765 South Woodruff Avenue,
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The jagged peaks of the Sawtooth Mountains are monuments of endurance to Idahoans. On March 31st a magnitude 6.5 earthquake struck the heart of Idaho between the Salmon River Mountains to the north and the Sawtooth Mountains to the south. They shook but did not fall.
Unlike the rocky sentinels of the Sawtooths, on February 20th pandemic pandemonium struck investors who proceeded to torpedo the markets. Chaos rules the day, as jagged volatility shreds everything except the imaginations of headline writers.
As abrupt as an earthquake we are in a wartime economy. It’s as if air raid sirens are blaring and we’re hunkered in our basements. Warriors wear N95 respirators, polycarbonate face shields, and nitrile examination gloves. Our foe floats insidiously about as an aerosol—hosted in droplets less than 5 micrometers in diameter—eager to transverse our 6-foot invisible contamination reduction zones.
While you endure your daily battles for yourselves, your families, your communities and your businesses, what are we doing?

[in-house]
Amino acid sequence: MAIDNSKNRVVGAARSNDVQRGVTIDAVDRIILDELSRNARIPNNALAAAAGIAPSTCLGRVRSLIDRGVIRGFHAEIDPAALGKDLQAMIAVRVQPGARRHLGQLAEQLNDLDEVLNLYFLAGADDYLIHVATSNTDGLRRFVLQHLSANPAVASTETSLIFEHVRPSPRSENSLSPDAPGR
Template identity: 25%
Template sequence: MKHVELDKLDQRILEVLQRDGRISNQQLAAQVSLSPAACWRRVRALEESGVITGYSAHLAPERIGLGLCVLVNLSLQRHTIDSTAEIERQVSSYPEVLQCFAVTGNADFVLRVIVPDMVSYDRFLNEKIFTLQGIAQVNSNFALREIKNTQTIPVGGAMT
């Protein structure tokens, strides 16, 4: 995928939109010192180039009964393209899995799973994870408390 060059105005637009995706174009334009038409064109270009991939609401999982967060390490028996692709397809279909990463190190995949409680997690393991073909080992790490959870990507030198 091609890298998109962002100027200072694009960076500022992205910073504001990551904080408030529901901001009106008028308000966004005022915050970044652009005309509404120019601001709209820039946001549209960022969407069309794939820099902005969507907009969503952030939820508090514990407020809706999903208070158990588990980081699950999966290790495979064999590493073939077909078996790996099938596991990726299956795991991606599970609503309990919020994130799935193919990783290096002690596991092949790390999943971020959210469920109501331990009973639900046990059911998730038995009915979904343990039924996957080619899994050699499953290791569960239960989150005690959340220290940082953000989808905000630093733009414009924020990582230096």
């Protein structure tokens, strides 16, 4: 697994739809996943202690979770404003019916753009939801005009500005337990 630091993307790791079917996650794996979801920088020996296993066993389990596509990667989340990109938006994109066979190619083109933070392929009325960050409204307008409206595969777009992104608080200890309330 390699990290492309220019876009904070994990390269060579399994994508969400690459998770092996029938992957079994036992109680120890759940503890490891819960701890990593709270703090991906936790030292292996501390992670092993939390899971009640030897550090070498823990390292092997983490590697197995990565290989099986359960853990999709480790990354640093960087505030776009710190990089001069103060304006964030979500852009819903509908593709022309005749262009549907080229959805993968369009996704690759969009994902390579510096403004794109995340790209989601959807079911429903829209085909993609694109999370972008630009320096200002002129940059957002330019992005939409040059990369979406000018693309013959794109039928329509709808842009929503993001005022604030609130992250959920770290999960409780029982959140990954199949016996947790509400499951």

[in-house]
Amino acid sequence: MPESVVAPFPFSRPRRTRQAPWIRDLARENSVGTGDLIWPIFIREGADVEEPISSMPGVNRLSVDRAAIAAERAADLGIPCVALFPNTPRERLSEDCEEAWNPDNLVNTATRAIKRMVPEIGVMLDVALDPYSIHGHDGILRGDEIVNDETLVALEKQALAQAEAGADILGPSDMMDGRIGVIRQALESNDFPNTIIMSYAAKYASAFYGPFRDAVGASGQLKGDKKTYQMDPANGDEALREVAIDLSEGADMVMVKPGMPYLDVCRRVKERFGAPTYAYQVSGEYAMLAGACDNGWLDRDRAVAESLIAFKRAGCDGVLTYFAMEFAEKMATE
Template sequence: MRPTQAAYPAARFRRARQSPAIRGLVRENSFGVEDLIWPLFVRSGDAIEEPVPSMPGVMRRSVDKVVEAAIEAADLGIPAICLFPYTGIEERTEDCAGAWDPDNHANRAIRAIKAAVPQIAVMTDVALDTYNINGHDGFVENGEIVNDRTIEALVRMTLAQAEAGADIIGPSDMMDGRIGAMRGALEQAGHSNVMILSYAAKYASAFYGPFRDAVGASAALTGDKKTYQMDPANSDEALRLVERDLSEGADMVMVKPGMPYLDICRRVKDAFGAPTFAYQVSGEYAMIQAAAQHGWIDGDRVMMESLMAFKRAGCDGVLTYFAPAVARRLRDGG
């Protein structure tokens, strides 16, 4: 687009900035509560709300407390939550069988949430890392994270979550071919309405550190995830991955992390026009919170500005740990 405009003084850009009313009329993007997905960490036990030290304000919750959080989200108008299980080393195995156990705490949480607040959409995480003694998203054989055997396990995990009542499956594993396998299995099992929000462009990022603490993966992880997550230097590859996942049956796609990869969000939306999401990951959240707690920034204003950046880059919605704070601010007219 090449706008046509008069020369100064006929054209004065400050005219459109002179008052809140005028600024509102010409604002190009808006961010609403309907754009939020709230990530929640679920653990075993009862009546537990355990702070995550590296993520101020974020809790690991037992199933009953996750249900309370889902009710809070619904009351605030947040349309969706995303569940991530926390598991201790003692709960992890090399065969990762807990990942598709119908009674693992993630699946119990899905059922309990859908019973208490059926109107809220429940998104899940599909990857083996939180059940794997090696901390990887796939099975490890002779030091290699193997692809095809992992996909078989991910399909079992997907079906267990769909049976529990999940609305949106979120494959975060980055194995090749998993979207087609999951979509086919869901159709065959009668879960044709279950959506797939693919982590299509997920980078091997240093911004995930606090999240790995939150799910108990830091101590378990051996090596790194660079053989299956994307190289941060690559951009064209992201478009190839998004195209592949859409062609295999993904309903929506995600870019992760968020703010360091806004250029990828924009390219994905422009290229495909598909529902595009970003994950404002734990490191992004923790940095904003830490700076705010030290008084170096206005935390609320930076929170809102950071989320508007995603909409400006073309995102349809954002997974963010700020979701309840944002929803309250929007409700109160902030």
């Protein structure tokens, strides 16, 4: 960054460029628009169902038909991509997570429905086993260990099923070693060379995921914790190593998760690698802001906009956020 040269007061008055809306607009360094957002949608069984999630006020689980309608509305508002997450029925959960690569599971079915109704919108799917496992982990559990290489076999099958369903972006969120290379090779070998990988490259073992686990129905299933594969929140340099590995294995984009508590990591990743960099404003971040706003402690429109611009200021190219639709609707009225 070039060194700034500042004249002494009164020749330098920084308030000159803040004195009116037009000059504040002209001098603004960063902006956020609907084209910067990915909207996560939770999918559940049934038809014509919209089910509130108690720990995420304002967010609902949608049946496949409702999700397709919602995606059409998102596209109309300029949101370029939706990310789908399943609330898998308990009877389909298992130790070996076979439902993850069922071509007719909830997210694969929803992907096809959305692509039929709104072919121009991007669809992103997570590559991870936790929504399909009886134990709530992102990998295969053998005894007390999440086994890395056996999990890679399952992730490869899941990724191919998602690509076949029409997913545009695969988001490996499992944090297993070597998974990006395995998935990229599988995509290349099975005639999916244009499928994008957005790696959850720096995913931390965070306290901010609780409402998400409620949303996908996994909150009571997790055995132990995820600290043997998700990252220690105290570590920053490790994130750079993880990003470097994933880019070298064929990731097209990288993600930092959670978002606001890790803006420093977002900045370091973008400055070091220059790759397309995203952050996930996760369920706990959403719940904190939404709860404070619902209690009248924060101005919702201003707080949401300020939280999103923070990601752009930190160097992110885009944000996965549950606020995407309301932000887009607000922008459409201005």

We are doing what we’ve done before . . . waging war in the sawtooths of bear markets. It’s largely a tactical war of patience. Let chaos run its course while identifying opportunities to strike and moments to retreat. Ninja nimbleness versus unleashing the legions. As in any war, we incur losses, lose some battles. It’s part of the price to prevail in the end.
Have we prevailed in the past?
Both of this century’s epic bears gnashed their wicked sawtooths (technically, “counter-trend rallies,” but I like “sawtooths”).
Full-on engagement of sawtooths is foolishness. Our battalions watch from a neutral zone as the mercenaries whack each other. We might send in a team or two of special forces to capitalize on select opportunities. It depends on how aggressive our commanders (you) are.
Pulling back to see both historical bears and the onset of today’s bear, the sawtooths dull down—another curve to flatten.
Speaking of sawtooths, today an oral surgeon skillfully extracted a tooth and grafted bone in my dear wife’s jaw (justified as urgent enough given today’s elimination of elective procedures). It’s a lousy time in the life of her mouth. Yet in a few months, her oral health will be better than it was leading up to the procedure.
In either case, we have to look at years more so than at months.
In either case, a tactical plan is superior to wait, see, and hope.
To your success!